From the very beginning, the monopolistic MPPC was fought by the unlicensed independents (dubbed "pirates" or "outlaws"), led by IMP's founder Carl Laemmle (see below), a Jewish immigrant from Germany. Others who fought the MPPC included Harry E. Aitken ( Majestic Films ), William Fox (founder of the Fox Film Corporation ), and Adolph Zukor ( Famous Players , the precursor to Paramount ). The flexible, stealthy, and adventurous independents avoided coercive MPPC restrictions (the requirement to use only Trust film stock and projectors, for example) by using unlicensed equipment, obtaining their own film materials, and making films on the sly. Soon, they moved to California and opened up a rival film-making industry, where they could be comparatively safe, and there was abundant sunshine for film-making.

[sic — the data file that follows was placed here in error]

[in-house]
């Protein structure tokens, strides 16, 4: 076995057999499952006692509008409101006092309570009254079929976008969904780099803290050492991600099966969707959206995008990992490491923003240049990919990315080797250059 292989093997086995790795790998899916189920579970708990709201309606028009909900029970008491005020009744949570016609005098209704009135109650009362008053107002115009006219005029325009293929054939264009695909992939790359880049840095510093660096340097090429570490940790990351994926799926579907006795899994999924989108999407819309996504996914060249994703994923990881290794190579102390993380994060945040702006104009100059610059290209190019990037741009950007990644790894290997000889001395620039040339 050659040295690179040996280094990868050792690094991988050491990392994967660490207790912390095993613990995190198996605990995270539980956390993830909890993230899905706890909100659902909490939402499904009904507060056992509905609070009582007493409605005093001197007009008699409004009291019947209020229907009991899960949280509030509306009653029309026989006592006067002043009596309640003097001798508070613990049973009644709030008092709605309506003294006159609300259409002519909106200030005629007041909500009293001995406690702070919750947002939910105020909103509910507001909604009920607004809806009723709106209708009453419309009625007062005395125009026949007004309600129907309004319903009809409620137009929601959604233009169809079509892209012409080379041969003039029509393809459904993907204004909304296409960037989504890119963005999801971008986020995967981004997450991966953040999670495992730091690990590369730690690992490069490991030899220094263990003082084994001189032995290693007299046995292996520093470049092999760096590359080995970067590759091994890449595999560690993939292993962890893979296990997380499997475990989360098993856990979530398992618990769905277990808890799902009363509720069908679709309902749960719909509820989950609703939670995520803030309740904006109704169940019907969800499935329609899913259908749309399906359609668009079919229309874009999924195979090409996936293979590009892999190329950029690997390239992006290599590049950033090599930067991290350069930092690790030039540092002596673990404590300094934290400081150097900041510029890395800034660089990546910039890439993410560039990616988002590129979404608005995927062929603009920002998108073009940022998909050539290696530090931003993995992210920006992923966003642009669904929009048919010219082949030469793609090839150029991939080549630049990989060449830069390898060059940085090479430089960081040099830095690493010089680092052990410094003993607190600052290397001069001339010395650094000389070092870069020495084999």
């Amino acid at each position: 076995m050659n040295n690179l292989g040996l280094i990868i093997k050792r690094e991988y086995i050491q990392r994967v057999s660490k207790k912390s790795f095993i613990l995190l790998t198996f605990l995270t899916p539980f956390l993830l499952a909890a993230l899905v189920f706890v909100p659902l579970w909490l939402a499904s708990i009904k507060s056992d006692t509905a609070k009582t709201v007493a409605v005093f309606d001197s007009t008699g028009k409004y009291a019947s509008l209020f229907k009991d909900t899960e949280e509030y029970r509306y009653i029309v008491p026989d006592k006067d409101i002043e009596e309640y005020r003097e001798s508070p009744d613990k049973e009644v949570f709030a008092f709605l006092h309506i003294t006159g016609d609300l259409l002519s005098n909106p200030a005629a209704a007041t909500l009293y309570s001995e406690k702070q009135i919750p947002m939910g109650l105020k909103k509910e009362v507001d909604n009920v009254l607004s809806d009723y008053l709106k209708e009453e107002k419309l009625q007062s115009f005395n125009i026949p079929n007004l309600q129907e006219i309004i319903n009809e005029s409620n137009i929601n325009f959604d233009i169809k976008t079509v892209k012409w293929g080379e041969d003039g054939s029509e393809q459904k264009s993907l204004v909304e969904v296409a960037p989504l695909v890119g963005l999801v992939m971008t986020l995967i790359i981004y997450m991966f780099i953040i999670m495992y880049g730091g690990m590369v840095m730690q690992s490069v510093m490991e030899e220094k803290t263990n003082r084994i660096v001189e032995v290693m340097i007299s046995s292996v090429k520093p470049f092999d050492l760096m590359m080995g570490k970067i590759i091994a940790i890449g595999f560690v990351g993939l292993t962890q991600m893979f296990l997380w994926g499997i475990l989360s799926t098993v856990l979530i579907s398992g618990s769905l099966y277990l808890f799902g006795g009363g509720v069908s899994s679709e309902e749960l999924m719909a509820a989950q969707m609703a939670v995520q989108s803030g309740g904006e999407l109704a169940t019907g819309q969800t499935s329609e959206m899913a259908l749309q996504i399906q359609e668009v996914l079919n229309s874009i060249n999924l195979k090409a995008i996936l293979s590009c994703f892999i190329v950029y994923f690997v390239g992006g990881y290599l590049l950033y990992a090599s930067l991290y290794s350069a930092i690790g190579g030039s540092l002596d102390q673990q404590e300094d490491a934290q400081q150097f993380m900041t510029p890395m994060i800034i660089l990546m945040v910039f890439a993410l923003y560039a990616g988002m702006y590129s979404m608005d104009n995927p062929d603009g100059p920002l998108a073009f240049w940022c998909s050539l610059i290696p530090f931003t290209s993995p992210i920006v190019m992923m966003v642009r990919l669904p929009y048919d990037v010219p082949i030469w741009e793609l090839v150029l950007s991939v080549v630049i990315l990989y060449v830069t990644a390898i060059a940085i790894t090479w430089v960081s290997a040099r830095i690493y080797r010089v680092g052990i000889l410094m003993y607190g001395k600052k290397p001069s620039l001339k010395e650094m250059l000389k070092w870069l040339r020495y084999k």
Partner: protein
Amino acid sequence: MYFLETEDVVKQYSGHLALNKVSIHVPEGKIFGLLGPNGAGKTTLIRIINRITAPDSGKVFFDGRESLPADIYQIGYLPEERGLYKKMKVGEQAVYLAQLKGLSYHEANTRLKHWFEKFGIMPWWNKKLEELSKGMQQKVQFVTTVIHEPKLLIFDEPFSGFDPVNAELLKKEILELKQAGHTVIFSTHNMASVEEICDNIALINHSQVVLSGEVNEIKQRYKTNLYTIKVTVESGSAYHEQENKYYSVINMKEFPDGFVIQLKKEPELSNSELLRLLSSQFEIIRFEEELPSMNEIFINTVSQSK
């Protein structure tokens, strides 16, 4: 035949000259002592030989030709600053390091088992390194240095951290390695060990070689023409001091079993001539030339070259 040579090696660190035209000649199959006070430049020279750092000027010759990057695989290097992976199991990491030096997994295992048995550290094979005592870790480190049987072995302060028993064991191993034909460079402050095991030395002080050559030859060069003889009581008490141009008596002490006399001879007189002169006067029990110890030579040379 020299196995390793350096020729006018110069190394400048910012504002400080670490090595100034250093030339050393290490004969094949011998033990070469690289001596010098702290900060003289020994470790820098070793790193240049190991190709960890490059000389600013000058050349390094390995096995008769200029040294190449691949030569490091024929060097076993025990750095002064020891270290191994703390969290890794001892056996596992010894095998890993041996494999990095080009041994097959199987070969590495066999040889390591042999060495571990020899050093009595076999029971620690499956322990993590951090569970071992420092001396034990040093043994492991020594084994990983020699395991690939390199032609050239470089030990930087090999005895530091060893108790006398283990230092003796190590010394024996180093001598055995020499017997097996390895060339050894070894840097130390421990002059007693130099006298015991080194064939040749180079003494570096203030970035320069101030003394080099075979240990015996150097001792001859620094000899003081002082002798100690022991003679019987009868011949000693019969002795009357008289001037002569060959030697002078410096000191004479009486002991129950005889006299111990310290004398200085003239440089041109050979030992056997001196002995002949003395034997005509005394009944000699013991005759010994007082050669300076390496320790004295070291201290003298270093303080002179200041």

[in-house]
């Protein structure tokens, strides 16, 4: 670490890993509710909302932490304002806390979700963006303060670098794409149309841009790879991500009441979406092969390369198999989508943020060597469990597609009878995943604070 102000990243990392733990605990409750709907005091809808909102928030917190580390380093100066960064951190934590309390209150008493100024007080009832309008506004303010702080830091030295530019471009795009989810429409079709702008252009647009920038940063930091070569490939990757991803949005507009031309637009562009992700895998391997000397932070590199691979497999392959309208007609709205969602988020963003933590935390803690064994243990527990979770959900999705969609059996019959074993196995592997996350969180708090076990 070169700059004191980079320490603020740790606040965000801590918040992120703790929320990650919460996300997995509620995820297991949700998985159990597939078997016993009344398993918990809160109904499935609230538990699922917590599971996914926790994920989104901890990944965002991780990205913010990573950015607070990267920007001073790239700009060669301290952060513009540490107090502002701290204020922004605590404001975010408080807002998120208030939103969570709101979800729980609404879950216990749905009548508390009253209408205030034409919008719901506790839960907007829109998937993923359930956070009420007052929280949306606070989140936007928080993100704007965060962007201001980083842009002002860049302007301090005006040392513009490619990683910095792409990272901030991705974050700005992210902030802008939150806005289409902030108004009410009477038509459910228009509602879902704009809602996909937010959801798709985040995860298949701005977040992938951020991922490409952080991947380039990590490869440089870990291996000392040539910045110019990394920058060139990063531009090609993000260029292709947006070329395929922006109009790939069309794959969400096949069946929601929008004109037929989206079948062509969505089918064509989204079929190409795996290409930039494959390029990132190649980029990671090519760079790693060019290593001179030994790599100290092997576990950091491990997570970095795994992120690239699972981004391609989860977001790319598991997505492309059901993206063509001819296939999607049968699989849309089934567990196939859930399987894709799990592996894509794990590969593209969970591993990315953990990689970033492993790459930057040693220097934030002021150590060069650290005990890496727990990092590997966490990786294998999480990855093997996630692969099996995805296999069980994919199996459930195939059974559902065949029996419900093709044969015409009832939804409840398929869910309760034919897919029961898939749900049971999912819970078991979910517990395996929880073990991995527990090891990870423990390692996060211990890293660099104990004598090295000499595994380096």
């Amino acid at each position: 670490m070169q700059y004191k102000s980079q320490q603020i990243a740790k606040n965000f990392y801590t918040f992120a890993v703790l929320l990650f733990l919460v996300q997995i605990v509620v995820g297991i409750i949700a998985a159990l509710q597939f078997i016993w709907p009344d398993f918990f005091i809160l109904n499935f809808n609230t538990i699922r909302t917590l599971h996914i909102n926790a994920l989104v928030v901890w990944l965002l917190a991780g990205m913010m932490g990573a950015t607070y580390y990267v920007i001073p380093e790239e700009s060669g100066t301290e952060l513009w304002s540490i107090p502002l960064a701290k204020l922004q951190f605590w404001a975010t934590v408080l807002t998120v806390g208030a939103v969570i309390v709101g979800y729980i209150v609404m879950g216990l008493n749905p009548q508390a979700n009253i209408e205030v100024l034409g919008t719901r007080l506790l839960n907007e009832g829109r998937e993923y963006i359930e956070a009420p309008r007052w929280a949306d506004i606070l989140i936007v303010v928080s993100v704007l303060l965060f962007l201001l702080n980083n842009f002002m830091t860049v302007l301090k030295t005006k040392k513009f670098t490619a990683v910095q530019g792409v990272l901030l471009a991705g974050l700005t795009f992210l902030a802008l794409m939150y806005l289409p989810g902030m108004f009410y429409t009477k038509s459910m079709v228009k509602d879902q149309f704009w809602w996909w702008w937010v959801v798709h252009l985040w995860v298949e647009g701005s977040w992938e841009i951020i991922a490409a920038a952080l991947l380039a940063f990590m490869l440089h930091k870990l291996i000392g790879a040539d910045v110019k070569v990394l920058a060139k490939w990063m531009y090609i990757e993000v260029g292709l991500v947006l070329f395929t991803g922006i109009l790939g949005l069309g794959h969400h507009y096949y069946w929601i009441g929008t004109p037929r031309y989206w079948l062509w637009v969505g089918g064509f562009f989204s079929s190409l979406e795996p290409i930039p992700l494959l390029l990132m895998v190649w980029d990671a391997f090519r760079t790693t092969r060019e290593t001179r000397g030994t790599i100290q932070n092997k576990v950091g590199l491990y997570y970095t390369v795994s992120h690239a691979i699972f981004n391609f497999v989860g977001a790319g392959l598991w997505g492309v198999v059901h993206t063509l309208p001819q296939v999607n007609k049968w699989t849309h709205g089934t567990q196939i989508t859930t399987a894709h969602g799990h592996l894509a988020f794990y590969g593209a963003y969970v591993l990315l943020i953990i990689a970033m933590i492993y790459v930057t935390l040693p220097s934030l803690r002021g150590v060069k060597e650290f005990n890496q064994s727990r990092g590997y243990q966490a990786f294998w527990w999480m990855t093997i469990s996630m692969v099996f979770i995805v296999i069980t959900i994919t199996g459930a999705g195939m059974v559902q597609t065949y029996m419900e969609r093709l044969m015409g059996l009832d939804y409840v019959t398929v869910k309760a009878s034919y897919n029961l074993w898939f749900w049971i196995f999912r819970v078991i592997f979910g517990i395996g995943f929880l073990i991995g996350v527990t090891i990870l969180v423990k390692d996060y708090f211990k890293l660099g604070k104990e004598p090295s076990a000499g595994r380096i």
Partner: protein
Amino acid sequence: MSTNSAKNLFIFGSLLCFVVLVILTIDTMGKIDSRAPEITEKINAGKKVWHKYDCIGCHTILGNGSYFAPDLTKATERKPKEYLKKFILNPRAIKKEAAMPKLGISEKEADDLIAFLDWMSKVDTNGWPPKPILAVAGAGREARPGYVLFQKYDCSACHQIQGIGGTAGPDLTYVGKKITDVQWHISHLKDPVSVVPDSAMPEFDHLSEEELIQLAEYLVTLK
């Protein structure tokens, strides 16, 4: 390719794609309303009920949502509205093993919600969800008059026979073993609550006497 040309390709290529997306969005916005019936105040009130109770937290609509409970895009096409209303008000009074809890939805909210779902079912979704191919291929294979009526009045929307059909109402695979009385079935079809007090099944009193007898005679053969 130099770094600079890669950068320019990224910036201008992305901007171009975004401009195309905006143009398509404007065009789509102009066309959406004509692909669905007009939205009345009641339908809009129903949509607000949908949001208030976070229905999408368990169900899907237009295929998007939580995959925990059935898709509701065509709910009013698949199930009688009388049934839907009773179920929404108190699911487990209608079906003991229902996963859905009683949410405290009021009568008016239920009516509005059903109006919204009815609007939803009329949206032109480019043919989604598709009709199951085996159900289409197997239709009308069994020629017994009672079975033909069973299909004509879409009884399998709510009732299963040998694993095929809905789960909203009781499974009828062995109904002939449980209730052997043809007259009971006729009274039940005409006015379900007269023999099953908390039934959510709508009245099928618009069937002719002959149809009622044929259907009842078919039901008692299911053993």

After that interview I was confined to deadlock maximum security in a subterranean dungeon, with ground-level chicken-wired windows painted gray. Twenty-three hours a day I was in that cell. Then, just before Christmas, I received a letter from Harry, a charity house Samaritan who doled out hot soup to the homeless in Phoenix. He had picked my name from a list of cons who had no one write to them. I wrote back asking for a grammar book, and a week later received one of Mary Baker Eddy’s treatises on salvation and redemption, with Spanish and English on opposing pages. Pacing my cell all day and most of each night, I grappled with grammar until I was able to write a long true-romance confession for a con to send to his pen pal. He paid me with a pack of smokes. Soon I had a thriving barter business, exchanging my poems and letters for novels, commissary pencils, and writing tablets.